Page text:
“To pretend that they’re actual changes is disingenuous,” he said, noting that the change in the number of units was negligible and does not change his belief that the development will “loom over a national historic landmark property.”
“It will radically damage the quality of the land,” he said, adding that it will also “devastate the view,”which was the same that George Eastman himself enjoyed.
Barnes said that lawyers for the Eastman House stated that the proposal violates zoning code in the neighborhood and that the House plans to oppose it going forward at the Preservation Board and, if necessary, fight it in court.
He also noted that since 1975, only 98 residential units have been built. The current development calls for a figure more than double that. No new buildings have been taller than two-stories since 1975.
“It’s grossly inappropriate for the area,” Barnes said.
According to Peter Siegrist, senior planner for the city of Rochester, the new plan will be reviewed to determine if it meets zoning code requirements and could be adequately serviced by public utilities. If approved, the plan would then be assessed for its environmental impact on the neighborhood. Next, the Rochester Preservation Board would review the proposal to determine its “historic visual character,” Siegrist said.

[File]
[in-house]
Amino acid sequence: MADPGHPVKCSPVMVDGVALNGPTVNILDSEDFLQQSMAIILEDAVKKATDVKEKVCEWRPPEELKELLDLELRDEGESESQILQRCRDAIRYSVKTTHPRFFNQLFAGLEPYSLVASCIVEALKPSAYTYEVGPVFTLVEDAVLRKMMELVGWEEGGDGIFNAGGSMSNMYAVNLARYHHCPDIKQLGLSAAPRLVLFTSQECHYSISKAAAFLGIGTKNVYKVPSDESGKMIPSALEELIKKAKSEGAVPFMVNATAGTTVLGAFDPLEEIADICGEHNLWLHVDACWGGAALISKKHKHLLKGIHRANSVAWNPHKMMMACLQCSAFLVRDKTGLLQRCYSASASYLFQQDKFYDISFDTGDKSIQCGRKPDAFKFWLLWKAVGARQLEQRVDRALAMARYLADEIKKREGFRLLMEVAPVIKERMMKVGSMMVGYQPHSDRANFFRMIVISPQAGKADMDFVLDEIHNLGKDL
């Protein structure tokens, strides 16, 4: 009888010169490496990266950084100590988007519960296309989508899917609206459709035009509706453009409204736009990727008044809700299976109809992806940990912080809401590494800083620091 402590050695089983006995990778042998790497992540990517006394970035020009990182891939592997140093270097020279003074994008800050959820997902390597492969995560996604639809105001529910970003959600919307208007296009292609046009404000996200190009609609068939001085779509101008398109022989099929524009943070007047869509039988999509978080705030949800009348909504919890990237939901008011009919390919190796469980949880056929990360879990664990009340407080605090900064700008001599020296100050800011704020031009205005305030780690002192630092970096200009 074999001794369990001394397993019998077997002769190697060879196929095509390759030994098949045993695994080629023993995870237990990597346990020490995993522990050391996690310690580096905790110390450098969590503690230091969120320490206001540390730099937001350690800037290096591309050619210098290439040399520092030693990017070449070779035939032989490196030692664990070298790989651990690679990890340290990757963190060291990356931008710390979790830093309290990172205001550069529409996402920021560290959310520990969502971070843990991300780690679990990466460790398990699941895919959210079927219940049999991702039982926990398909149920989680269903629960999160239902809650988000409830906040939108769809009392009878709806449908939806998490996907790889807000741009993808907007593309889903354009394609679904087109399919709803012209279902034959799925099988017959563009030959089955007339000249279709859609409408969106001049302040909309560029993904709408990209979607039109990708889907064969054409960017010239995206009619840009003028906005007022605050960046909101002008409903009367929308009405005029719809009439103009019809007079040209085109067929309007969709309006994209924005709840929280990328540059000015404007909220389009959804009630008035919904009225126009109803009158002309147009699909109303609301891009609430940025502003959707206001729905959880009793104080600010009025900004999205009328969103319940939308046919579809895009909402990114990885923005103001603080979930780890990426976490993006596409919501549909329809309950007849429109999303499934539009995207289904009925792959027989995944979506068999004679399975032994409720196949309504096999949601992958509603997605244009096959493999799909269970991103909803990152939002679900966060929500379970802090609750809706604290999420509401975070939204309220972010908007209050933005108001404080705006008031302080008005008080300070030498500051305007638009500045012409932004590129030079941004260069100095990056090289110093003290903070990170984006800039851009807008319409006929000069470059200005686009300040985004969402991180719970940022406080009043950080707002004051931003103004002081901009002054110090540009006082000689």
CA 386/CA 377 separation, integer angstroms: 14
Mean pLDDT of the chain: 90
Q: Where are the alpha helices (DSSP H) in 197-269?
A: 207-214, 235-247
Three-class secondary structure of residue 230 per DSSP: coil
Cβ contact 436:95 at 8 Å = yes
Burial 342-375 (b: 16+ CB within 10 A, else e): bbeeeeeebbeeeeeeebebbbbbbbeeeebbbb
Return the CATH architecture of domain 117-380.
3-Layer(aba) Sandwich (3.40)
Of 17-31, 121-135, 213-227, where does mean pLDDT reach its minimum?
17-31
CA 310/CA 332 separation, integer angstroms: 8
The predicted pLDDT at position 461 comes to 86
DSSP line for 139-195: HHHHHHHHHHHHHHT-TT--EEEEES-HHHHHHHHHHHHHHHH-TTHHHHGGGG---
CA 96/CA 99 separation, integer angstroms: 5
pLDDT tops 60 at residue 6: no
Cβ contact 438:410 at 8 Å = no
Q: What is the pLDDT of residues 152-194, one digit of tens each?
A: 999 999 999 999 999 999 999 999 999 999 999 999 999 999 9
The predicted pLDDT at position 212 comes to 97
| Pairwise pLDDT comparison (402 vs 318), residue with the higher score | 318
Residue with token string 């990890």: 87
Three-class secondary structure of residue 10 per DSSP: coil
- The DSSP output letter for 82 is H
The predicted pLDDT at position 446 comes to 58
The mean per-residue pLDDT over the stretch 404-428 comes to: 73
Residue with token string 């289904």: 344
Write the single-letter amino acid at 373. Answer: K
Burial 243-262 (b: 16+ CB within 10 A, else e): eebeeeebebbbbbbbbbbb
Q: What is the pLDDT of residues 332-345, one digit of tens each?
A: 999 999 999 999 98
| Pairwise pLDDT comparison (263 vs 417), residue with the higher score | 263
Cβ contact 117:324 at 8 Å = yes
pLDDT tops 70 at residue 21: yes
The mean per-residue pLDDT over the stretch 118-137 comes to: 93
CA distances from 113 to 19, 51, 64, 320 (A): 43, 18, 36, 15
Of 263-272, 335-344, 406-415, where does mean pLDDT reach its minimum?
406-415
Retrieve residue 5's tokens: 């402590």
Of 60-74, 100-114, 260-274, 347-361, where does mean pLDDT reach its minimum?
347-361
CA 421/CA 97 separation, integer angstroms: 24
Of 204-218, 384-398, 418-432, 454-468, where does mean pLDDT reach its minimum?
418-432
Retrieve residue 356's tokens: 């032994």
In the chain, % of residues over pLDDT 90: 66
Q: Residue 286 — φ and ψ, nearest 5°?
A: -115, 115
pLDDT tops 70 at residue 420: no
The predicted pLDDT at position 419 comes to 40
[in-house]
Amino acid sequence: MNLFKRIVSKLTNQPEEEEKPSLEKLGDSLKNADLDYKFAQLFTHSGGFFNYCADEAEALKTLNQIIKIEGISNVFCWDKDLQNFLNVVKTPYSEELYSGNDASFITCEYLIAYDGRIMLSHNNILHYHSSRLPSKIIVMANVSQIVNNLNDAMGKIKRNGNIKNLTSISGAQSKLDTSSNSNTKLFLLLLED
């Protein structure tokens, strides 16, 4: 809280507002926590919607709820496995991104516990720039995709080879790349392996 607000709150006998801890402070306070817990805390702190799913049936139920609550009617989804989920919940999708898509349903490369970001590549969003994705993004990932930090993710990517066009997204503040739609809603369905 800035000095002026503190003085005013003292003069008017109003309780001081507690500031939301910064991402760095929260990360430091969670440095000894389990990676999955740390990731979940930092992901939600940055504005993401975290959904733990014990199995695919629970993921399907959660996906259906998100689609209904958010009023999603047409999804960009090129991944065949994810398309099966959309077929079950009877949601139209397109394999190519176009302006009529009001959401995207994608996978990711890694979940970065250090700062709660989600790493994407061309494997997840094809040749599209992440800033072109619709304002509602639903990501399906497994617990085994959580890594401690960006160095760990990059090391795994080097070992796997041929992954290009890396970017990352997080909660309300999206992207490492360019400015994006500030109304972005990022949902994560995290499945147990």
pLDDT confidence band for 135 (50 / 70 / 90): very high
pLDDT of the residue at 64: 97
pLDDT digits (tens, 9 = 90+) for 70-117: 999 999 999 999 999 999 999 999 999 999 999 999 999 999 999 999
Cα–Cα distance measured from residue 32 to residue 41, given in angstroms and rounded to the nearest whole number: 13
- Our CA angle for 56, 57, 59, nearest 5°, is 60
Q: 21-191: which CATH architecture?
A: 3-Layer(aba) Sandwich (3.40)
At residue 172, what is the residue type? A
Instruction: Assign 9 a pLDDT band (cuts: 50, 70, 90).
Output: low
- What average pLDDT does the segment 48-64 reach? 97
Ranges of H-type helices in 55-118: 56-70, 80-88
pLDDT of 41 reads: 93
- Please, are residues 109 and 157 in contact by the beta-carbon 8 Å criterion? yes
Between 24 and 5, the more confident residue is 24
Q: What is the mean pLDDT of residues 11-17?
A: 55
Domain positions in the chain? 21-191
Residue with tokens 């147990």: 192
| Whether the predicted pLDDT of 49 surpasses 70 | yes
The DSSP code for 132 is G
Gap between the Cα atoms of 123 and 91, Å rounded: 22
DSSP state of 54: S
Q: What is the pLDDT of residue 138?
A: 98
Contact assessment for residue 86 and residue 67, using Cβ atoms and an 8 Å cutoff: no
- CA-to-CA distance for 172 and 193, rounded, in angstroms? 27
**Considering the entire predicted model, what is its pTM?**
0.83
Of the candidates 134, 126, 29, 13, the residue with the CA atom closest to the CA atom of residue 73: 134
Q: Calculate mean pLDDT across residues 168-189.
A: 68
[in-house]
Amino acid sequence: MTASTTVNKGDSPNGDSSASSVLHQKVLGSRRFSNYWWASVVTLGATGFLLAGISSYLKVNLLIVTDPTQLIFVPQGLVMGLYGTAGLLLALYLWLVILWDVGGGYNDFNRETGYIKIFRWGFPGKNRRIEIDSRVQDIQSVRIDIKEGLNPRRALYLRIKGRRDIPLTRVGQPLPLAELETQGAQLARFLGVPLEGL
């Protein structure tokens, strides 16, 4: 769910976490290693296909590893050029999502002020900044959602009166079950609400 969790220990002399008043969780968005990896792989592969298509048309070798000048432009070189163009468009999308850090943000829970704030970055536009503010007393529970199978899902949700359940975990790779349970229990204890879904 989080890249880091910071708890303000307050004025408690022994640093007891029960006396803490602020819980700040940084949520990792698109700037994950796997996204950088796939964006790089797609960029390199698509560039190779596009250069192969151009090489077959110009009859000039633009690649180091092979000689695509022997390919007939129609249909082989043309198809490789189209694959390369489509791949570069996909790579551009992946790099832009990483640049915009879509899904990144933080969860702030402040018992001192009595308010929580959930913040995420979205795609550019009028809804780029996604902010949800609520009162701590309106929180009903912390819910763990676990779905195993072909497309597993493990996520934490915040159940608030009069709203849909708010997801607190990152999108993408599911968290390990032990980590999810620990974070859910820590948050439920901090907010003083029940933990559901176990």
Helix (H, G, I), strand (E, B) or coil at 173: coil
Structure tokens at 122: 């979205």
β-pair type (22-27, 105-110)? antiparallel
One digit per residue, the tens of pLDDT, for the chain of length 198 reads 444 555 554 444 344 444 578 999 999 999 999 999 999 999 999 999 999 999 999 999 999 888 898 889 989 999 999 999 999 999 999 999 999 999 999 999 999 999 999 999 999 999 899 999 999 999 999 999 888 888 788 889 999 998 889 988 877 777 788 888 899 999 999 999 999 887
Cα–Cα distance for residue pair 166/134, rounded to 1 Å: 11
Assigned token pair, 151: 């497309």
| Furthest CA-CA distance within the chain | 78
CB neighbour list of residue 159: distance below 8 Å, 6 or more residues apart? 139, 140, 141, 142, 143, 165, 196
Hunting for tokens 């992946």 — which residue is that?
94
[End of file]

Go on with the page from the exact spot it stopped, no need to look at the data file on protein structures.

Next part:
The earliest possible date for review by the board is April 10. If the design passes the Preservation Board, it will move to the City Planning Commission for review.
The original plan, presented in November 2012, involved the construction of a 110-unit, 174,000 square foot apartment building at 933 University Ave. The land for the proposed project is owned by the Monroe Voiture 111 Veterans’ Club, commonly known as the 40 & 8 Club.
Monroe Voiture entered a binding contract with Morgan Management, which has agreed to build a new clubhouse for the group at the back of the apartment building in exchange for the land.
Approximately three years ago, the Eastman House began a dialogue with Monroe Voiture about obtaining the land. The discussions were unsuccessful because the two parties could not agree on how long the Eastman House would be responsible for maintaing the property.